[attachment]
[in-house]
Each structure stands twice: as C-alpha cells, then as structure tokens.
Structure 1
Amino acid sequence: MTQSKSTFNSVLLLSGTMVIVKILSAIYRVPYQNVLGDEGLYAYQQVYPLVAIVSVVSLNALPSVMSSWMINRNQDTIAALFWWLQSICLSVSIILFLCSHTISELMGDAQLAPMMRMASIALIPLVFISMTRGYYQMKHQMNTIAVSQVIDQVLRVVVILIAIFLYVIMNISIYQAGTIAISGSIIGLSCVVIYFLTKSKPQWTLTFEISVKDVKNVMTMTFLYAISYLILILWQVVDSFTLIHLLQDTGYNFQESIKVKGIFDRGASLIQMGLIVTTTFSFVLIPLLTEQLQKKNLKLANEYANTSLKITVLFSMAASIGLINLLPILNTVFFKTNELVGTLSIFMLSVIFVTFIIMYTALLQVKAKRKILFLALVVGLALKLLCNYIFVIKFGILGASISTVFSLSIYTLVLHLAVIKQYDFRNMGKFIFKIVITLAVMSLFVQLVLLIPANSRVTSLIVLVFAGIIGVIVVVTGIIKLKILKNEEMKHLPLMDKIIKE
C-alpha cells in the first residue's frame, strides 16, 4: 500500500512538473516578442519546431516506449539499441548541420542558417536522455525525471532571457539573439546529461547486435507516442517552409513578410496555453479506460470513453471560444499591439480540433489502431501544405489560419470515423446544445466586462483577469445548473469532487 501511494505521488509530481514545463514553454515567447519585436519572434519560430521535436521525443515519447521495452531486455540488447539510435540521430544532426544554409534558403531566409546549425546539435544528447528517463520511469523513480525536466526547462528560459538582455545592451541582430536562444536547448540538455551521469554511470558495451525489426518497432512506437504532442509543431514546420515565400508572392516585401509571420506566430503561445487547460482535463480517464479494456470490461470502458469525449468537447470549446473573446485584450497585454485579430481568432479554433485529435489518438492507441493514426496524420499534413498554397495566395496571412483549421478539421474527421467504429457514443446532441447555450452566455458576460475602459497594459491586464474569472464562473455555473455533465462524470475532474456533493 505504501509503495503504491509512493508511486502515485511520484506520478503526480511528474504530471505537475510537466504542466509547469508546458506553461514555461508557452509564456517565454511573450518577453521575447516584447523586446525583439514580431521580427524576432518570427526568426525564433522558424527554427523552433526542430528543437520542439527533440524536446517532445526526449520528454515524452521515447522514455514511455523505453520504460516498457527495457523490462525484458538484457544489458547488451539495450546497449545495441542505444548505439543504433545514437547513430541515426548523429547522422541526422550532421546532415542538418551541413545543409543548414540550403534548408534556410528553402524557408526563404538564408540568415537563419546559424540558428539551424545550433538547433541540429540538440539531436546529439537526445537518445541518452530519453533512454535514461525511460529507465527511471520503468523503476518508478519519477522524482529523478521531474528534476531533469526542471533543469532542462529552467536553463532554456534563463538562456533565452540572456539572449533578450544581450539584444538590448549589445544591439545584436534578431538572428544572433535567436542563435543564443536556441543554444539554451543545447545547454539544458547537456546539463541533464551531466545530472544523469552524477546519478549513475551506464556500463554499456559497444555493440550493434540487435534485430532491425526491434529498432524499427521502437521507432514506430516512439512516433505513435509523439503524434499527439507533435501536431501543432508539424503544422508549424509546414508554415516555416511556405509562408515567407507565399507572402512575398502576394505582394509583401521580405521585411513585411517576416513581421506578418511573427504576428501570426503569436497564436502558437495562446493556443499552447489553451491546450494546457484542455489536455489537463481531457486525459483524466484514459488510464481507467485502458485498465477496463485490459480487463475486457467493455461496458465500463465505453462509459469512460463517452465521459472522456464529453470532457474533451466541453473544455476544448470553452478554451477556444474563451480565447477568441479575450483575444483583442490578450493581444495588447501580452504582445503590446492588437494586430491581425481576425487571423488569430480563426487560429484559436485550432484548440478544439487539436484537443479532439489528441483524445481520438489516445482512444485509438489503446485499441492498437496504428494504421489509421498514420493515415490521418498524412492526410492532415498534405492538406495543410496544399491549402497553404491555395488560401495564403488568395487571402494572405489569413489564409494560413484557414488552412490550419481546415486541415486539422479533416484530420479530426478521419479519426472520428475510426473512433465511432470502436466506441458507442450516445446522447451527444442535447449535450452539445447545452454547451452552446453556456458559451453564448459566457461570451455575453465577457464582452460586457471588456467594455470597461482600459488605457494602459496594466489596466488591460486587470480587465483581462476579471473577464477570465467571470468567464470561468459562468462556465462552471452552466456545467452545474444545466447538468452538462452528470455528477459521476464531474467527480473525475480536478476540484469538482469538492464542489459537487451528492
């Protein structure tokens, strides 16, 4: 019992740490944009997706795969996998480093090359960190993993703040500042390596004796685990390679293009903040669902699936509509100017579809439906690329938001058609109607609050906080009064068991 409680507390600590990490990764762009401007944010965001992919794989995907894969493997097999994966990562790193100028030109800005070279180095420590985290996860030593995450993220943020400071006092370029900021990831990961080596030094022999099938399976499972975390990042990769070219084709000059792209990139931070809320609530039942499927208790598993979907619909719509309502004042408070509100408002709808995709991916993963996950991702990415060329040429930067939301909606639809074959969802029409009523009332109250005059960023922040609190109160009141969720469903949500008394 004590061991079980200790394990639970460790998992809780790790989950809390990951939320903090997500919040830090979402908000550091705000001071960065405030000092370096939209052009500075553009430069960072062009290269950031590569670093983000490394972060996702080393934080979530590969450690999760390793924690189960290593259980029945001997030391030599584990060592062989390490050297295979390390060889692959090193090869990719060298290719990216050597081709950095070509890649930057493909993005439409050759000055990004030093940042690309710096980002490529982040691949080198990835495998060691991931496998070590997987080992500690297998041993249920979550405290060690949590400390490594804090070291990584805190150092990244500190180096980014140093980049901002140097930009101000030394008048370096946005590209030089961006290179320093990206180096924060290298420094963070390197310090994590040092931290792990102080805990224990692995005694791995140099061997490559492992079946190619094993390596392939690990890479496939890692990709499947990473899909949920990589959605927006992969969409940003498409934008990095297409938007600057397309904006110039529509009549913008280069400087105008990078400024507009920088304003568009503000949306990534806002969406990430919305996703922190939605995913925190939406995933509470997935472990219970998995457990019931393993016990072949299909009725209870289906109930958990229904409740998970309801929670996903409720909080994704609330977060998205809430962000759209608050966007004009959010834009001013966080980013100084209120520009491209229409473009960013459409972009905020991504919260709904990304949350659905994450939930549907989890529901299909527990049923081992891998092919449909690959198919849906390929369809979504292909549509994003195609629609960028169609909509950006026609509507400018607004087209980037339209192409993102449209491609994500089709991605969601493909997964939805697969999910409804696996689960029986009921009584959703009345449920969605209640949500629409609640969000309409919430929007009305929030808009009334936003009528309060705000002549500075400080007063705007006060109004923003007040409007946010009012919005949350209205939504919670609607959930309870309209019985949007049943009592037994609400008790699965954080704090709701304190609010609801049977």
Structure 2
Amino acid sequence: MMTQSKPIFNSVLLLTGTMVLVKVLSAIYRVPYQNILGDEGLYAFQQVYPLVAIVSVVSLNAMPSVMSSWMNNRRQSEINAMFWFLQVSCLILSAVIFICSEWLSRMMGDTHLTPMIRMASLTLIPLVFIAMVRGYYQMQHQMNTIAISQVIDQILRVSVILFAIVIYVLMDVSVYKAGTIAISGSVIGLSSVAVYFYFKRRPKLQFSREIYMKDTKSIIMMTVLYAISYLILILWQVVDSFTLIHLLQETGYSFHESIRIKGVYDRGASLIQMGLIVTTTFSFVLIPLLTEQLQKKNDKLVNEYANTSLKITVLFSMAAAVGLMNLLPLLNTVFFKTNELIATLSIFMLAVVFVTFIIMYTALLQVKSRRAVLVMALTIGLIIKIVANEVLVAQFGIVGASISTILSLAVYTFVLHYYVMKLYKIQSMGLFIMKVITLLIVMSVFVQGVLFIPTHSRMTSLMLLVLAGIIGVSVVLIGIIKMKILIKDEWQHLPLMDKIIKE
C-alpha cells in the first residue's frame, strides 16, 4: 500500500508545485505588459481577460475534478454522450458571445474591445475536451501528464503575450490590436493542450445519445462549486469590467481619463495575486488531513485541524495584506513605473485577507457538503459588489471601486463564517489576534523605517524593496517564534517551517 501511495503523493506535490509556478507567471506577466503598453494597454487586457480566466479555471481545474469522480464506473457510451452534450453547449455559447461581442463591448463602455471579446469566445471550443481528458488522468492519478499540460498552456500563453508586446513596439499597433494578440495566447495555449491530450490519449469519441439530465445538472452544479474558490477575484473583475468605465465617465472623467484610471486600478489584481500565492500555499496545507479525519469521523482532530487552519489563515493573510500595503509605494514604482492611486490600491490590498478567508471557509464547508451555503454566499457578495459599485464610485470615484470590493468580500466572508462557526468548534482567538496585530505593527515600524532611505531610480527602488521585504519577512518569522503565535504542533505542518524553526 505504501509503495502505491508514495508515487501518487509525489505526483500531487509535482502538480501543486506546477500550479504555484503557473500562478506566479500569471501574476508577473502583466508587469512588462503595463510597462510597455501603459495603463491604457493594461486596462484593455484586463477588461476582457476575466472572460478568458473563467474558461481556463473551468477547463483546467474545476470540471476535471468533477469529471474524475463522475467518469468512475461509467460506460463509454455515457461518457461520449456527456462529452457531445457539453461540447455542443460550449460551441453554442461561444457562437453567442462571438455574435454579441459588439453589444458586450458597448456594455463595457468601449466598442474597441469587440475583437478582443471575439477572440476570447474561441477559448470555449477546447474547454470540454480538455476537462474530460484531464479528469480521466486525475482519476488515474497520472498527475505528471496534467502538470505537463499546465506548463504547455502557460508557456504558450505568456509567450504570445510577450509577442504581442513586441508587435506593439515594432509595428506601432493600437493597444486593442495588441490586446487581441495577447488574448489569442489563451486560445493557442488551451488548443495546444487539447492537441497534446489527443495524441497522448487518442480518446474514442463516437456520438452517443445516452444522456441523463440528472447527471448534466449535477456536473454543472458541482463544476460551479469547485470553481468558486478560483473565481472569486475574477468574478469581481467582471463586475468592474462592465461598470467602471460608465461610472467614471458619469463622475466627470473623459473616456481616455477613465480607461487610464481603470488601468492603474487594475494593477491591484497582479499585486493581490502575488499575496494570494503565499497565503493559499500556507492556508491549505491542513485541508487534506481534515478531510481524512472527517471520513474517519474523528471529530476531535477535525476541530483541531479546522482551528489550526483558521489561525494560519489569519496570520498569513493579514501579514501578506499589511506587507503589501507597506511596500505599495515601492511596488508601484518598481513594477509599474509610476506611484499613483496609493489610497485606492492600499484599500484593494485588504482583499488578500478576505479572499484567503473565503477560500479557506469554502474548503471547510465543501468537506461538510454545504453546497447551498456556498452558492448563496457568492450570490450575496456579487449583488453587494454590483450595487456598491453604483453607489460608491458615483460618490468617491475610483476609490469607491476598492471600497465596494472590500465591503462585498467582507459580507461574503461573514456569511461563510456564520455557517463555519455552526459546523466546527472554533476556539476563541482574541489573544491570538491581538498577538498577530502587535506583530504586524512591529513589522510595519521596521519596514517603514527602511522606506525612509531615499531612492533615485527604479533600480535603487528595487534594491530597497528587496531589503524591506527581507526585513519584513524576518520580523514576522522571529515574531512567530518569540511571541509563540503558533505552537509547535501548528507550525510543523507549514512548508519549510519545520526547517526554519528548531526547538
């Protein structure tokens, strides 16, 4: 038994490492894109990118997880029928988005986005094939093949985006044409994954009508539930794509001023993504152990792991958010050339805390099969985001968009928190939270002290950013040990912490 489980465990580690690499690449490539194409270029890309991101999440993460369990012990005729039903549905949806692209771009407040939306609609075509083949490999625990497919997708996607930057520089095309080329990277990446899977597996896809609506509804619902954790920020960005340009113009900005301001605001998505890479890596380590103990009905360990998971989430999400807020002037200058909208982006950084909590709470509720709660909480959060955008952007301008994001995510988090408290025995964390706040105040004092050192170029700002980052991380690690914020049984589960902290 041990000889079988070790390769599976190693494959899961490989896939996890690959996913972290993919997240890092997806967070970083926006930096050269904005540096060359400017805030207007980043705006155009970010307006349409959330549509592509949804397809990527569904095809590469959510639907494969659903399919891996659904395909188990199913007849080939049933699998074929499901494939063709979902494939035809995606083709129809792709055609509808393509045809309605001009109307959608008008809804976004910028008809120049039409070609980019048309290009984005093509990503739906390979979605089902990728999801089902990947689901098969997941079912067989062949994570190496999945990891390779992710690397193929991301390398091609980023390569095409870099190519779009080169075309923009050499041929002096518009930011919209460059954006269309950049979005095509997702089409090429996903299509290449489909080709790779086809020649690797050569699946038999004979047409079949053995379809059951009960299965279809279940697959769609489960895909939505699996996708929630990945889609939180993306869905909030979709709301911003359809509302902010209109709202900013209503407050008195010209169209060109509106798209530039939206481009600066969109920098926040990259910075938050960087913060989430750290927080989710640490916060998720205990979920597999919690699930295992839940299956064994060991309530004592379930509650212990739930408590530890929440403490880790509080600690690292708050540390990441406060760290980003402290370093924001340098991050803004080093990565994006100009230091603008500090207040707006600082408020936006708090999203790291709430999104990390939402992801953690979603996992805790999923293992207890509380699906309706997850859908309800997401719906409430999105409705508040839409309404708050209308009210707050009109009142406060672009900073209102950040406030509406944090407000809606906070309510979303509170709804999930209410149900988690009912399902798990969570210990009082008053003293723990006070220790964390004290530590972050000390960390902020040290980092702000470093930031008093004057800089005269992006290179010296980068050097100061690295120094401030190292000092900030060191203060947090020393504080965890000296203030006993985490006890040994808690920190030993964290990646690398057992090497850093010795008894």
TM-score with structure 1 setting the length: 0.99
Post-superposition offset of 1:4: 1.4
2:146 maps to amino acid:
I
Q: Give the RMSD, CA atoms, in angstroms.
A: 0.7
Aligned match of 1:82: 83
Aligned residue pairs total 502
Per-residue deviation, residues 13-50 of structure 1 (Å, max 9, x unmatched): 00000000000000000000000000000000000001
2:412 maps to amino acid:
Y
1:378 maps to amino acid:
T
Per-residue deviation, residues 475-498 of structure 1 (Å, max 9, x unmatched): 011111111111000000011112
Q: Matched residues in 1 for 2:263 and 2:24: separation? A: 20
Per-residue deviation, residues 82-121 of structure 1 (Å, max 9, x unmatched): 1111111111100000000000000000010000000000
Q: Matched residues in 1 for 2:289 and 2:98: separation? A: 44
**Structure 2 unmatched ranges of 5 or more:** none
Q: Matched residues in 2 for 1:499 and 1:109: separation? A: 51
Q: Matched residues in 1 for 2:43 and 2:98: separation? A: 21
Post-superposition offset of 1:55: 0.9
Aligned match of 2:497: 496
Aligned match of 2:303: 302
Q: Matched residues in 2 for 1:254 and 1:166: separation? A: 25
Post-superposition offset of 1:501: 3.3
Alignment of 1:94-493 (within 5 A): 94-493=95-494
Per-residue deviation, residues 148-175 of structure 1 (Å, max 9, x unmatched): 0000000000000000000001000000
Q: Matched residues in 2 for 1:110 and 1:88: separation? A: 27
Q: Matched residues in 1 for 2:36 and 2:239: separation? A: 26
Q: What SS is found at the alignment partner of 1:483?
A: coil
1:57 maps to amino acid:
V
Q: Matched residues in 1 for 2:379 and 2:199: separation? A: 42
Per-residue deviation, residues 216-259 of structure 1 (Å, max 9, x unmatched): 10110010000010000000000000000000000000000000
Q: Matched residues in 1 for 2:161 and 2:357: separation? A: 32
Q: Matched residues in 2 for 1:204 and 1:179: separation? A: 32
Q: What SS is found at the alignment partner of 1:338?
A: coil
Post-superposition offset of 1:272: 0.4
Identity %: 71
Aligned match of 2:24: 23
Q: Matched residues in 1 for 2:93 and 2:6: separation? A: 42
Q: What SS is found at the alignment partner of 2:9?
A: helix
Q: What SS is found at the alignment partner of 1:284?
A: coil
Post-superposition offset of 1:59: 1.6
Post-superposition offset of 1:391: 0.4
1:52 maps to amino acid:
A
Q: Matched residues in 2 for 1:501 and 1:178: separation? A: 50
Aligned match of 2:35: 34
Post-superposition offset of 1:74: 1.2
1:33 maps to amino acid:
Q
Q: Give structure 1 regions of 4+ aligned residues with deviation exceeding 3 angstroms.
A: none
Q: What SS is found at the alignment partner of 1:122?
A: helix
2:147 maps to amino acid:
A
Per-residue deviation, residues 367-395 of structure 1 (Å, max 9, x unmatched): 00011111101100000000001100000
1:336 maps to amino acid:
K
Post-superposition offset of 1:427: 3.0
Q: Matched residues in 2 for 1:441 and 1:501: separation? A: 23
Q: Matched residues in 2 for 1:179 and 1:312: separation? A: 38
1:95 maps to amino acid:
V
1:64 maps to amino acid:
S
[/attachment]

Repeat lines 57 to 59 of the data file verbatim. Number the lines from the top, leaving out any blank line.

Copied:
A: coil
Post-superposition offset of 1:59: 1.6
Post-superposition offset of 1:391: 0.4